Unless you’ve been living under a rock the past 24 hours you probably know that the Dallas Mavericks made a trade. Brandan Wright, Jae Crowder, Jameer Nelson, and two draft picks were sent to Boston for Rajon Rondo and rookie big man Dwight Powell.
Sounds great, right? Well Rondo isn’t quite the known commodity he once was. He’s had injury problems in recent memory, most notably a partially torn ACL in his right knee back in early 2013. He also suffered a broken hand this offseason when he slipped in the shower…or took a spill at a trampoline park…
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There have been whispers that Rondo has regressed while others say he’s as good as ever, just not in the right system. The point is that Mavericks fans don’t really know what to expect from their new starting point guard or who the heck Dwight Powell even is.
So, we linked up with our pals over at Hardwood Houdini for some insight on what to expect from our newest Mavs.
Dec 10, 2014; Charlotte, NC, USA; Boston Celtics guard Rajon Rondo (9) drives against Charlotte Hornets guard Kemba Walker (15) during the second half of the game at Time Warner Cable Arena. Hornets win 96-87. Mandatory Credit: Sam Sharpe-USA TODAY Sports
Congratulations, Dallas! You just acquired one of the NBA’s most polarizing players!
Fans of Rondo call him the best pure point guard in the NBA; detractors, a ball hog who wouldn’t hit the ground if it wasn’t for gravity. Some Celtics fans will tell you that Boston now has no chance of luring free agents to come pay for the Celtics, while others will tell you to just ask Ray Allen what it means to play alongside Rondo, and if he would ever do it again.
And of course you have the supposed rift between Rondo and Doc Rivers, which implies Rondo is a coach’s worst nightmare . . . unless you watched Rondo immediately mesh with Boston’s Brad Stevens, which could mean the Rivers-Rondo feud was blown out of proportion.
Never a dull moment with Rajon Rondo!
Without a doubt, Dallas gets an upgrade in the point guard department, which should make every Mavericks fan happy given the wealth of outstanding point guards in the Western Conference. Yes, Rajon Rondo doesn’t shoot a very high percentage, and his free-throw shooting makes him a small liability in the closing minutes of a tight game – but out of all the point guards in the West that Dallas may have to face in the playoffs, Rondo has something that only Tony Parker shares: NBA Finals experience, and a ring to boot.
Rondo will run the pick and roll and the fast break to perfection, and he rebounds like no other guard ought to, as he is grabbing 22.3% of the available defensive rebounds when he is out there – insane. I don’t buy into the “elite defender” hype, but it’s clear that he is one of the NBA’s better defenders at the point guard position, as evidenced by his making the All-Defensive team four times. He is averaging close to two steals a game, so if Dallas can couple that with players leaking out in transition, the Mavs are due for a lot of easy buckets.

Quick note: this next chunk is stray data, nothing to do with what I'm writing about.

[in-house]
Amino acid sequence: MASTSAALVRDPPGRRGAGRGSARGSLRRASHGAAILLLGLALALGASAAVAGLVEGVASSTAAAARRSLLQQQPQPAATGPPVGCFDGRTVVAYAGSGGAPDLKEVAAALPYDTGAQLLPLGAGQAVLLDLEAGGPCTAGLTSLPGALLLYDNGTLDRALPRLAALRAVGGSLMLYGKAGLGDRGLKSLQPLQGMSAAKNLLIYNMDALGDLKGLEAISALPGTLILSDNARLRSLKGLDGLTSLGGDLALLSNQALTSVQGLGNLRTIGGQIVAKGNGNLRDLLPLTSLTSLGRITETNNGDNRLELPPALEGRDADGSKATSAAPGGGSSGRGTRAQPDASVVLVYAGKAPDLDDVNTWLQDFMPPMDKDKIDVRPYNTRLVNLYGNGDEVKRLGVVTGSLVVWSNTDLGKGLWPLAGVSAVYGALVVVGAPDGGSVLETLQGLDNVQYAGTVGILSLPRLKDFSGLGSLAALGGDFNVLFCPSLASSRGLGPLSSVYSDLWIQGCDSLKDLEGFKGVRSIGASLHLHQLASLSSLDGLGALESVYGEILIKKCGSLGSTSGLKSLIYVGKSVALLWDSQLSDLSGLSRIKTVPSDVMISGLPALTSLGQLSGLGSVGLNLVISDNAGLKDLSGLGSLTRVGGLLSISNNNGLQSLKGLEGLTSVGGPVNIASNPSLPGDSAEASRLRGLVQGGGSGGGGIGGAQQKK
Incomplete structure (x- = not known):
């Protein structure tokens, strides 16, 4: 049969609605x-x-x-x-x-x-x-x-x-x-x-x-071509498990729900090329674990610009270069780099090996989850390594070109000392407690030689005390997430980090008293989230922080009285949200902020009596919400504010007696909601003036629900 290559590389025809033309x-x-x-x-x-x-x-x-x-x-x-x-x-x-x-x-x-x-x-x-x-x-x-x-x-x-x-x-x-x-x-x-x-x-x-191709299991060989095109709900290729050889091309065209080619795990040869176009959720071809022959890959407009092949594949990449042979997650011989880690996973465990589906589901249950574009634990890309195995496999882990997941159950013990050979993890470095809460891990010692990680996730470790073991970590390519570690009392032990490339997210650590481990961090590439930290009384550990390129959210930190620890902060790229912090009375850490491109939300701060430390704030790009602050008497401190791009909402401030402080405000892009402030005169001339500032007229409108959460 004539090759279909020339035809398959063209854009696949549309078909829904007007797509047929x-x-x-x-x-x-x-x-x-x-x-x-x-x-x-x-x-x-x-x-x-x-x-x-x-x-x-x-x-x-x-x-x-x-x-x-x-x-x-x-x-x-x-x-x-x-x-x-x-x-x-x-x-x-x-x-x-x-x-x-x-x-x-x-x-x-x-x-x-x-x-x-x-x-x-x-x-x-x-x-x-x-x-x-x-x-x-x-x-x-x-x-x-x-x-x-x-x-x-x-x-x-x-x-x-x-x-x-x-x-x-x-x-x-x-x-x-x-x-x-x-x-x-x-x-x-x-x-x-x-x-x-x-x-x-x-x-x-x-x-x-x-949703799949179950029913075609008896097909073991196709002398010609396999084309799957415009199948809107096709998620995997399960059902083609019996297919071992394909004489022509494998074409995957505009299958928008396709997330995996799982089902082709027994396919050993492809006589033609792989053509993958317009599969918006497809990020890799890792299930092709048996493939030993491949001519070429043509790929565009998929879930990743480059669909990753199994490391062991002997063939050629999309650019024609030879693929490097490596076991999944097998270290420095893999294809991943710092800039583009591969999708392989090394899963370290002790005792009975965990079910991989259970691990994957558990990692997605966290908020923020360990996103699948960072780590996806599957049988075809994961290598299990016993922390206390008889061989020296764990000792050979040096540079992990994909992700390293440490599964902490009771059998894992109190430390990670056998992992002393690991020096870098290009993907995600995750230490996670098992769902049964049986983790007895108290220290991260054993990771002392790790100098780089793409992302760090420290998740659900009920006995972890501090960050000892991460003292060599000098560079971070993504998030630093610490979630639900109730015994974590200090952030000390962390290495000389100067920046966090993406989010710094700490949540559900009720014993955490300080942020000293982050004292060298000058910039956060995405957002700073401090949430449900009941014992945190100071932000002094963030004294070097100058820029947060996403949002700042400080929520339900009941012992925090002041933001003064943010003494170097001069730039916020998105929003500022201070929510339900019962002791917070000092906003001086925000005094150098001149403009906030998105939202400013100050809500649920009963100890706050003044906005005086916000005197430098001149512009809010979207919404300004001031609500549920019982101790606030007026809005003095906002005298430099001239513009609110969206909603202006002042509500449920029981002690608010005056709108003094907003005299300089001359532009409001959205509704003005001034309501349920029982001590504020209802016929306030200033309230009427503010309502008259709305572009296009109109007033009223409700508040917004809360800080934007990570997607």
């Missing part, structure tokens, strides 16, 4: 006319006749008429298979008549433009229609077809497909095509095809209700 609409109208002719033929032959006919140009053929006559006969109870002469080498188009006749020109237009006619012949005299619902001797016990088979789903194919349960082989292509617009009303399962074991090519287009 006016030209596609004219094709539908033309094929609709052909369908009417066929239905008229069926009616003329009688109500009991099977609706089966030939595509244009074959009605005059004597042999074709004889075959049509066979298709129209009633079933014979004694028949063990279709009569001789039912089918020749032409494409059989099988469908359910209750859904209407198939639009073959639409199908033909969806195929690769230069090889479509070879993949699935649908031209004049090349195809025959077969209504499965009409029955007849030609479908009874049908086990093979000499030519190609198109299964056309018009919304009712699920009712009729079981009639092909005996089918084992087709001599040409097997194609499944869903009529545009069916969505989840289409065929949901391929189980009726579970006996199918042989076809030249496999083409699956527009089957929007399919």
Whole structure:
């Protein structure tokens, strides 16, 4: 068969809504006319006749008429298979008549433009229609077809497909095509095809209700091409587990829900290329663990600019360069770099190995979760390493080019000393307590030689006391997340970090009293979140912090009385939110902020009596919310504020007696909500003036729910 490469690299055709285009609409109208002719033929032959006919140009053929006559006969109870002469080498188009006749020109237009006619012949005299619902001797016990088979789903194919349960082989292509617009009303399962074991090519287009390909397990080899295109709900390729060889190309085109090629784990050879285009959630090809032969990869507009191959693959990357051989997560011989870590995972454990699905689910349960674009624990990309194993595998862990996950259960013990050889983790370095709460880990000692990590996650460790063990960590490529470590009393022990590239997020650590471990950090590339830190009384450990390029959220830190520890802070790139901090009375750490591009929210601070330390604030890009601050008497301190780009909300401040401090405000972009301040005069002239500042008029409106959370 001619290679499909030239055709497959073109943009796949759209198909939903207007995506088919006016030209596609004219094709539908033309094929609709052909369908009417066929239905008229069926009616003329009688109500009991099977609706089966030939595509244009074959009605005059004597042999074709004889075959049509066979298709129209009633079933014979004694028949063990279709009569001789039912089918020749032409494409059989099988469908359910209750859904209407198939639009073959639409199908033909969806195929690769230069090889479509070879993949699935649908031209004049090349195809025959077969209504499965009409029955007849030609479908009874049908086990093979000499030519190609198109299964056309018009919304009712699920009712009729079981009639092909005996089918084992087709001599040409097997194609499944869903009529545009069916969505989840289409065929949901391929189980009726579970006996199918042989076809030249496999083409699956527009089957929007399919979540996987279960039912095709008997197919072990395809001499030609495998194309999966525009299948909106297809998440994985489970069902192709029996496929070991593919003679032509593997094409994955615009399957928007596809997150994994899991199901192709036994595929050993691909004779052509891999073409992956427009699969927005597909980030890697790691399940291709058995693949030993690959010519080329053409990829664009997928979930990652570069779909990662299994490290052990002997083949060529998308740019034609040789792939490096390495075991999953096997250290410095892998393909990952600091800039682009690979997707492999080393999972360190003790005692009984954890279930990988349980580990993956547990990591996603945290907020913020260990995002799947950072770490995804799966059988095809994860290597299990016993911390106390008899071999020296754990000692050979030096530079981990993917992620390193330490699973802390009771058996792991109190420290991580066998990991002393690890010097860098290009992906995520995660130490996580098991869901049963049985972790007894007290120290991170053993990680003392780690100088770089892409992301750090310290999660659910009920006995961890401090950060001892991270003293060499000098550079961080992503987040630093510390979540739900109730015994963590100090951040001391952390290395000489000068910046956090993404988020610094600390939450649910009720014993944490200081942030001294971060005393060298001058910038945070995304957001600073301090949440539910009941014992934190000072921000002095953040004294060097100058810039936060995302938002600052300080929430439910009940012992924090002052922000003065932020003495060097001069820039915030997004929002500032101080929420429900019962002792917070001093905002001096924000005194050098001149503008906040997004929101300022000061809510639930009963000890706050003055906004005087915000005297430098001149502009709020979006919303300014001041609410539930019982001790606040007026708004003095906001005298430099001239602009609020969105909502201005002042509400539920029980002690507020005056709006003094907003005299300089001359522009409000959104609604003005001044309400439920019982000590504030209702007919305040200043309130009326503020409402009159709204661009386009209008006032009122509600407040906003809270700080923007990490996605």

Honestly, I started arguing that Rondo would benefit from a trade last week, based on the fact that the offense that Brad Stevens is running, and the current Celtics’ roster, do not fit Rondo’s style of play. One only has to look at the success he enjoyed with Paul Pierce, Kevin Garnett, and Ray Allen to understand that he CAN make a good team a great team, and I sincerely hope he makes that kind of difference in Dallas.
Oct 22, 2014; Boston, MA, USA; Boston Celtics forward Dwight Powell (12) drives the ball against Brooklyn Nets forward Mirza Teletovic (33) in the second half at TD Garden. The Celtics defeated the Nets 100-86. Mandatory Credit: David Butler II-USA TODAY Sports
Canadian-bred Dwight Powell is an intriguing talent. Not getting enough hype out of his four-year career at Stanford, Powell was drafted in the late-second round by the Charlotte Hornets. He then bounced around and has been involved in three different trades this year. Now before Maverick fans think he will be released or traded, let’s take a look at his body of work:
-two-time all Pac-12 first-teamer
-part of a NIT championship squad in 2012
-averaged 14 PPG and 7 RPG on a deep Stanford squad in his senior season
Not bad accomplishments for a guy who has already been on four different rosters. Analyzing his brief stint in the D-League/NBA, Powell oozes potential for Dallas, a team that is in need of a back-up center thanks to the Rondo trade. He is 6’11 without shoes, a legit 7-footer on the court, and Powell has a 7″1 wingspan. Not eye-popping attributes, but 7-footers not named Kwame Brown are hard to come by.
The best and the worst thing about Dwight Powell, he can do a little of everything. Then why didn’t he get minutes in Boston? Well, Boston had the frontcourt stacked with young guys who are more accomplished than Powell (Zeller, Olynyk, Sullinger). Powell never stood a chance, considering that he isn’t great at just one thing. For a 7-footer he’s mobile, can shoot a little bit outside the paint, pass the basketball, run pick and rolls, and is taller than everyone else on the team other than Dirk.
So, Mavs fans, before you just take Rondo and run, give Powell a shot at your back-up Center position. You don’t have much to lose and it’s not like he will be playing a huge role considering Tyson Chandler racks up 30 minutes a game.
For those of you who want to follow your former Mavs’ careers with the Celtics, make sure to give Richard Spalding (@theamazingMrS), Stephen Varnum (@steviechillz), and Bobby Krivitzky (@Bobby_K91) a follow on twitter!